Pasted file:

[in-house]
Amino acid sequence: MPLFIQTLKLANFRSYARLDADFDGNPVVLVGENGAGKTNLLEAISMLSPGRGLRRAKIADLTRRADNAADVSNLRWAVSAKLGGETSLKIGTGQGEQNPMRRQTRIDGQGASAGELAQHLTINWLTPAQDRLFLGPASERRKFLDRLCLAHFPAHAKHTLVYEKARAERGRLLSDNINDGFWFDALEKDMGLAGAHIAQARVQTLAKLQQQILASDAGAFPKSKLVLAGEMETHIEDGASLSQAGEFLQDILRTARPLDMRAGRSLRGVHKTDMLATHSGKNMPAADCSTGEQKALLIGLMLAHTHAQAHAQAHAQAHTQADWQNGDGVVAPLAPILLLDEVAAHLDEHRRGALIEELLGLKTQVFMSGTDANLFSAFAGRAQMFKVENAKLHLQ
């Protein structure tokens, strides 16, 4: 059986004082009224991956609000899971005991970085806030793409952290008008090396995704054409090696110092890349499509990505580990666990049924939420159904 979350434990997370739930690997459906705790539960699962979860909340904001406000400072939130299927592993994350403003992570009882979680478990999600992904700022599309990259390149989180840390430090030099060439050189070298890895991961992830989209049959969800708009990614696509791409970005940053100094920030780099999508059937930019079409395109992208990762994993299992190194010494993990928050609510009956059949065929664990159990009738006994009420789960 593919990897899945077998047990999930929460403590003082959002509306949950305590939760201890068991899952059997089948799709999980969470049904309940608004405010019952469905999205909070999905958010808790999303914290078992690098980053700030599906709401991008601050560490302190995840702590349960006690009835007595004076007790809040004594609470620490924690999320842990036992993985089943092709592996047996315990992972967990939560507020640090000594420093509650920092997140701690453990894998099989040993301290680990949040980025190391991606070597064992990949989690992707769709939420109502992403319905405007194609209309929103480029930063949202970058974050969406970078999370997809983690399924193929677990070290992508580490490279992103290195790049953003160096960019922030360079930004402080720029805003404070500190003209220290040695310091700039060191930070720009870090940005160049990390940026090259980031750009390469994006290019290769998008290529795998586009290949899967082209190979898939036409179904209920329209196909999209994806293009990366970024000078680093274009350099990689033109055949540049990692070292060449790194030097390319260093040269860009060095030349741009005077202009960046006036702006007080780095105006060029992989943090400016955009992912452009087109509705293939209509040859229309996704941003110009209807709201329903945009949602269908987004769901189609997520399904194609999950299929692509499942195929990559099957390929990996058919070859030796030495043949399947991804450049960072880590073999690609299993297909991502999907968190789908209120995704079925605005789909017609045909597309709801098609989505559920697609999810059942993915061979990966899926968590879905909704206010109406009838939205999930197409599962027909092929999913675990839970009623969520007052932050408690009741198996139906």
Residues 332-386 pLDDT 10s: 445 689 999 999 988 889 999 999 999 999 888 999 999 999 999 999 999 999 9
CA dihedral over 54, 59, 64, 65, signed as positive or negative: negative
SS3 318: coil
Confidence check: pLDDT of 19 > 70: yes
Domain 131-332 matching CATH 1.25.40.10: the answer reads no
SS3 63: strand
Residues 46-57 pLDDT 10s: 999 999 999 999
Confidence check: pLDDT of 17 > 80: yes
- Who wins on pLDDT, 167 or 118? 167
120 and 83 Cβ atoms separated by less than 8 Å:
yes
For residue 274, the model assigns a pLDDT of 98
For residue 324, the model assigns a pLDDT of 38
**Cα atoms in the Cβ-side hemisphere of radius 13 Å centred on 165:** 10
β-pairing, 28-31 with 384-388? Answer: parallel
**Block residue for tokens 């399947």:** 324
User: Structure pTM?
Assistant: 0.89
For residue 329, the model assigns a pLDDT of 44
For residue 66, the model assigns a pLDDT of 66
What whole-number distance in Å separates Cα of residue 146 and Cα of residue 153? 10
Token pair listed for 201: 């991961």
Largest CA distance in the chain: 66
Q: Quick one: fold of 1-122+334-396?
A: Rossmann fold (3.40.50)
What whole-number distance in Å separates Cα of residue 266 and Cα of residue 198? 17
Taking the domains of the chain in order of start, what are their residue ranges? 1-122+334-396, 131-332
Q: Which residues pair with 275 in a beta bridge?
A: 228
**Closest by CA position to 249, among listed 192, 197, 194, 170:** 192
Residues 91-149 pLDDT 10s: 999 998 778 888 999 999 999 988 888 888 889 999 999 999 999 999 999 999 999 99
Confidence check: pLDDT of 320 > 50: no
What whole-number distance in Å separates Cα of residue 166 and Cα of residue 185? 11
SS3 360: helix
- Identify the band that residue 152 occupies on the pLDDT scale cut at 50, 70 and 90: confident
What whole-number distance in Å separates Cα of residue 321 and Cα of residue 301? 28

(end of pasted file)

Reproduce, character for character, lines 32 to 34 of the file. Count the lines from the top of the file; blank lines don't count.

A: 228
**Closest by CA position to 249, among listed 192, 197, 194, 170:** 192
Residues 91-149 pLDDT 10s: 999 998 778 888 999 999 999 988 888 888 889 999 999 999 999 999 999 999 999 99